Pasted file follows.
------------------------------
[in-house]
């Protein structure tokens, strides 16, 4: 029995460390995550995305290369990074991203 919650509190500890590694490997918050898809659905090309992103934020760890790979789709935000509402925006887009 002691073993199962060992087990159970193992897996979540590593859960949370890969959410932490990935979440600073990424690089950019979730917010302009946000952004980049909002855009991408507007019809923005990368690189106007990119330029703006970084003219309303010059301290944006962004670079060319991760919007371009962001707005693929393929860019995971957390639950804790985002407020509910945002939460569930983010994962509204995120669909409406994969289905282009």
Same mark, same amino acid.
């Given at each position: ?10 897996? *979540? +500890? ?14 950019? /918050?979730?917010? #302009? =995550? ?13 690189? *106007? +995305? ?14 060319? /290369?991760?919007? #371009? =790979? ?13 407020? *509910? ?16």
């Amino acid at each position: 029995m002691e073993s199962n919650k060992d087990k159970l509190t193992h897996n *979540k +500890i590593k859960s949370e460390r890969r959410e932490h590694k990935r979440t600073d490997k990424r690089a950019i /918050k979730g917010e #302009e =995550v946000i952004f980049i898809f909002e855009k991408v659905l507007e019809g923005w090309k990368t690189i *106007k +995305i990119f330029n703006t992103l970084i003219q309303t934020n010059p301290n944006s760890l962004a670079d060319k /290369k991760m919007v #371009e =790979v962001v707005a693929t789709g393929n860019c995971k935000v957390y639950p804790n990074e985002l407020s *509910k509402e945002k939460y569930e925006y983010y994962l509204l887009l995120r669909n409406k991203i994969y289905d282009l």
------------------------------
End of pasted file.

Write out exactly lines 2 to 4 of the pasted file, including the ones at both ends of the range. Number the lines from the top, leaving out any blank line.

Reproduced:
């Protein structure tokens, strides 16, 4: 029995460390995550995305290369990074991203 919650509190500890590694490997918050898809659905090309992103934020760890790979789709935000509402925006887009 002691073993199962060992087990159970193992897996979540590593859960949370890969959410932490990935979440600073990424690089950019979730917010302009946000952004980049909002855009991408507007019809923005990368690189106007990119330029703006970084003219309303010059301290944006962004670079060319991760919007371009962001707005693929393929860019995971957390639950804790985002407020509910945002939460569930983010994962509204995120669909409406994969289905282009």
Same mark, same amino acid.
């Given at each position: ?10 897996? *979540? +500890? ?14 950019? /918050?979730?917010? #302009? =995550? ?13 690189? *106007? +995305? ?14 060319? /290369?991760?919007? #371009? =790979? ?13 407020? *509910? ?16």